Mechanisms by Which the Atypical Antipsychotic Agents May Cause Diabetes Mellitus

There are a number of ways in which the atypical antipsychotic medications could lead to hyperglycemia and diabetes mellitus. As discussed earlier in this chapter, decreased sensitivity (increased resistance) to insulin and decreased insulin secretion as a result of decreased beta cell function are involved in the development of type II diabetes mellitus. A few controlled studies suggest that the atypical antipsychotic medications affect insulin resistance rather than causing a primary defect in insulin secretion (Henderson et al. 2000b; Selke et al. 2000). The insulin resistance seen during atypical antipsychotic treatment may be a result of increased central adiposity, or it may arise from the direct effect of the medication's action on the glucose transporter function (Haupt and Newcomer 2001). Dwyer et al. (1999) studied the effects of atypical antipsychotic agents on glucose transporter function. They suggested that a structure-function relationship exists in which similar drugs, such as clozapine and olanzapine, achieve relatively higher intracellular concentrations and bind to, and thus interfere with, the function of the glucose transporter proteins (Haupt and Newcomer 2001).

Another mechanism by which the atypical antipsychotic agents may lead to hyperglycemia and diabetes mellitus is antagonism of the serotonin 5-HT1A receptors. Antagonism of the 5-HT1A receptors may decrease pancreatic beta cell responsiveness to blood sugar levels, resulting in disturbances in glucose metabolism secondary to decreased insulin secretion (Wirshing et al. 1998). Melkersson and colleagues, however, found that patients treated with olanzapine had higher fasting insulin levels on comparison of baseline to 5-month follow-up, suggesting that impaired beta cell function is an unlikely cause for olanzapine-associated diabetes mellitus (Melk-ersson et al. 2000). Their group found that although 11 of 14 olanzapine-treated patients (79%) were normoglycemic, and only 3 showed increased blood glucose values, the majority of patients (10 of 14, or 71%) had insulin levels above the normal limit. The report also noted increased rates of hyperleptinemia, hypertriglyceridemia, and hypercholesterolemia. In short, Melkersson and colleagues found that olanzapine treatment was associated with weight gain and elevated levels of insulin, leptin, and blood glucose levels as well as insulin resistance, with 3 patients diagnosed with diabetes mellitus (Melkersson et al. 2000). The elevated insulin values argue against the theory that antagonism of the serotonin receptors by some atypical anti-psychotic agents, a property that could theoretically lead to decreased beta cell insulin production, causes hyperglycemia and diabetes mellitus. It is also worth noting that olanzapine has little affinity for 5-HT1A receptors.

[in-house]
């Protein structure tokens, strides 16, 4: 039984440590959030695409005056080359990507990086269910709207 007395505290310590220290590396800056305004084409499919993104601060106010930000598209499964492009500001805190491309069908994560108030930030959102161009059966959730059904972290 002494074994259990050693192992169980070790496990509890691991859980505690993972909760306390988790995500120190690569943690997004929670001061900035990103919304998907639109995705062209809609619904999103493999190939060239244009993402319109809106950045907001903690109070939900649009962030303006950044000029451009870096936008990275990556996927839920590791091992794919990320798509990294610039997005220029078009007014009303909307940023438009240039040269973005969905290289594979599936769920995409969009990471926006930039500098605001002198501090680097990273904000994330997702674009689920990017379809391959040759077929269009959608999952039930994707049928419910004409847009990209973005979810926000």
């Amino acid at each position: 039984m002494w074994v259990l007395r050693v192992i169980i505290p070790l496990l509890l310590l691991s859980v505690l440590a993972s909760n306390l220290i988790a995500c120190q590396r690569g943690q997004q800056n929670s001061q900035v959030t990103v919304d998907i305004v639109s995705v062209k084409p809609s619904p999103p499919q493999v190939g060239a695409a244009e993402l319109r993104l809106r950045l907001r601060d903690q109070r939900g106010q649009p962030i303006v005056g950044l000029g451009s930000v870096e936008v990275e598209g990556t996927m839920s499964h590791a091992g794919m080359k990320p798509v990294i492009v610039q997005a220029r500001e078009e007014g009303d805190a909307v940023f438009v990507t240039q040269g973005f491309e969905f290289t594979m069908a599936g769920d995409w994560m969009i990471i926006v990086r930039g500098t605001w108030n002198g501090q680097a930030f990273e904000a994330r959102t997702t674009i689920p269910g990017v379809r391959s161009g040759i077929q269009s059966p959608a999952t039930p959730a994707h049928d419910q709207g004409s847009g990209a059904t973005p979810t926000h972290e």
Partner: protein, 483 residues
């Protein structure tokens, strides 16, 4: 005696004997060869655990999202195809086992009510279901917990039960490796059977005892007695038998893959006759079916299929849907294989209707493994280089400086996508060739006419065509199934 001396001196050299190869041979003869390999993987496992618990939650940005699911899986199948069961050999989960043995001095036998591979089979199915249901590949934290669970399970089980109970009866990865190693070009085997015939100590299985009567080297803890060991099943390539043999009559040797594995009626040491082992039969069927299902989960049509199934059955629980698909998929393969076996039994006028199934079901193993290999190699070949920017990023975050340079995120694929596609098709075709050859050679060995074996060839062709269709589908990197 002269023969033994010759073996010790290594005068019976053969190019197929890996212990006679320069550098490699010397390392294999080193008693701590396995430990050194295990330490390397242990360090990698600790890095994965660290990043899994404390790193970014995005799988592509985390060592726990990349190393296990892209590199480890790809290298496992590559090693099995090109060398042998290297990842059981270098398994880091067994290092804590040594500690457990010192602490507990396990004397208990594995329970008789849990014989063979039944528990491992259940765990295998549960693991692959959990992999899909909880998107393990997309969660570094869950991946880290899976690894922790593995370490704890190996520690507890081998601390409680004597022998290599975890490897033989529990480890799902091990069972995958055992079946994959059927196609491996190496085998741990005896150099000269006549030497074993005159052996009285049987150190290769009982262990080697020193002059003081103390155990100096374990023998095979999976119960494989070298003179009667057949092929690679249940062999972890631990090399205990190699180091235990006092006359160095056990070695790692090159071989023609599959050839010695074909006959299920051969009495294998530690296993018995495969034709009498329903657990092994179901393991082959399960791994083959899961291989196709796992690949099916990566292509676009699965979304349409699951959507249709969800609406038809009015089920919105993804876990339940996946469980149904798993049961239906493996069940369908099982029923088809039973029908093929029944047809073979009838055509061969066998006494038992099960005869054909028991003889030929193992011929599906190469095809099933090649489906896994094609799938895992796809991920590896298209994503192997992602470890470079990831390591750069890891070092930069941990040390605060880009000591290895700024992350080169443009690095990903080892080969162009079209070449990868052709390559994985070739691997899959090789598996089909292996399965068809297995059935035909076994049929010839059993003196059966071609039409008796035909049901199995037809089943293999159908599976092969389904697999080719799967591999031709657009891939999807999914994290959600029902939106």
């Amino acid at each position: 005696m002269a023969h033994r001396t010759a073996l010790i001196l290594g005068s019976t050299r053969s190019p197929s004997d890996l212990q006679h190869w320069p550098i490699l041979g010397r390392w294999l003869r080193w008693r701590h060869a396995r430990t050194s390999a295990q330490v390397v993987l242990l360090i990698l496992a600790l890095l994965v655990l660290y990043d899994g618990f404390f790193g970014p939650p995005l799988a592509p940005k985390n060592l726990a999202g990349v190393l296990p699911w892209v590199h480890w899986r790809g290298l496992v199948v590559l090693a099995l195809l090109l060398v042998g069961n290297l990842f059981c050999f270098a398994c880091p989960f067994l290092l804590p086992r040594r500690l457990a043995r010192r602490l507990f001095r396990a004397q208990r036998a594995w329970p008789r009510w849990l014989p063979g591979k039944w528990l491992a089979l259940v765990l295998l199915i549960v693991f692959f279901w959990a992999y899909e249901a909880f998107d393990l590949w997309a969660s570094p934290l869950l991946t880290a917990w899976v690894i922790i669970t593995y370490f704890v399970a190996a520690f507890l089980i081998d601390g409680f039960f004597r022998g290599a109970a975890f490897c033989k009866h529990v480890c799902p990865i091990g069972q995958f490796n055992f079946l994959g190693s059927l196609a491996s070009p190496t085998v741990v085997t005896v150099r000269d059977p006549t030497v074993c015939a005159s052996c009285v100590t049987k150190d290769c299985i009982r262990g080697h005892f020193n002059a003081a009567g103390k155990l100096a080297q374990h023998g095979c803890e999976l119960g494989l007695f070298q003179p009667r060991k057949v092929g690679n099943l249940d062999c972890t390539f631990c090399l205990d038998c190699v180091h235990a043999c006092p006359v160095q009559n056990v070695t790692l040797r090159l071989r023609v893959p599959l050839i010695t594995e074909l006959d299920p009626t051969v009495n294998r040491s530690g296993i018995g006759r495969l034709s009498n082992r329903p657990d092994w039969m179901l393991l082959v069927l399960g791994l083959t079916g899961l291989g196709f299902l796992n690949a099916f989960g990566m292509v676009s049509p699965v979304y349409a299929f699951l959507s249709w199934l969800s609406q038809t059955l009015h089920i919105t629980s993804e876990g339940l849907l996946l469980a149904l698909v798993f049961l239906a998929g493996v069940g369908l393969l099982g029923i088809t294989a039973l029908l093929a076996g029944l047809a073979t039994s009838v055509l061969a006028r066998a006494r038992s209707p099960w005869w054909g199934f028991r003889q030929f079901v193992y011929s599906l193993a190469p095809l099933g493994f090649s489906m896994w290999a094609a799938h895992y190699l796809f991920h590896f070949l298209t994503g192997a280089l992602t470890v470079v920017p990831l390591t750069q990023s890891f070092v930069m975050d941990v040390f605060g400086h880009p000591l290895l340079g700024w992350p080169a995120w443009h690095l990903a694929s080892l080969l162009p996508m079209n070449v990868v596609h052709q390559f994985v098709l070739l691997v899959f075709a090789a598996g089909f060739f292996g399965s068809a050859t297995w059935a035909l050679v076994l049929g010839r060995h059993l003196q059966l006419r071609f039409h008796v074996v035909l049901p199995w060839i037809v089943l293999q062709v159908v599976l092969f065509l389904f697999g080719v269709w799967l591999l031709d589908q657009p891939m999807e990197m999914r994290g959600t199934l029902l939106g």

Central obesity is a significant risk factor for the development of type II diabetes mellitus in schizophrenic patients as well as in the general population. The risk for the development of type II diabetes in mildly obese individuals has been reported as 2-fold, in moderately obese individuals

5-fold, and in severely obese individuals 10-fold (Pi-Snyder 1993). It seems, however, that the duration of obesity is a greater determinant of risk than simply being obese. That is, if a patient gains a considerable amount of weight and maintains this weight, his or her risk of developing hyperglycemia or type II diabetes mellitus appears to be increased (Henderson 2001a).

Notably, in several of the case studies and research studies mentioned in this chapter, weight gain was not associated with the development of diabetes mellitus or DKA during atypical antipsychotic therapy. Indeed, many of the individuals who developed diabetes mellitus or DKA were of normal weight. Thus, while all obese individuals are at increased risk for the development of type II diabetes mellitus, the added obesity caused by the atypical antipsychotic medications does not appear to be the sole reason for the development of diabetes mellitus or DKA in schizophrenia patients. Nevertheless, if a schizophrenia patient gains a considerable amount of weight and maintains that weight, his or her risk of developing type II diabetes is significantly increased.

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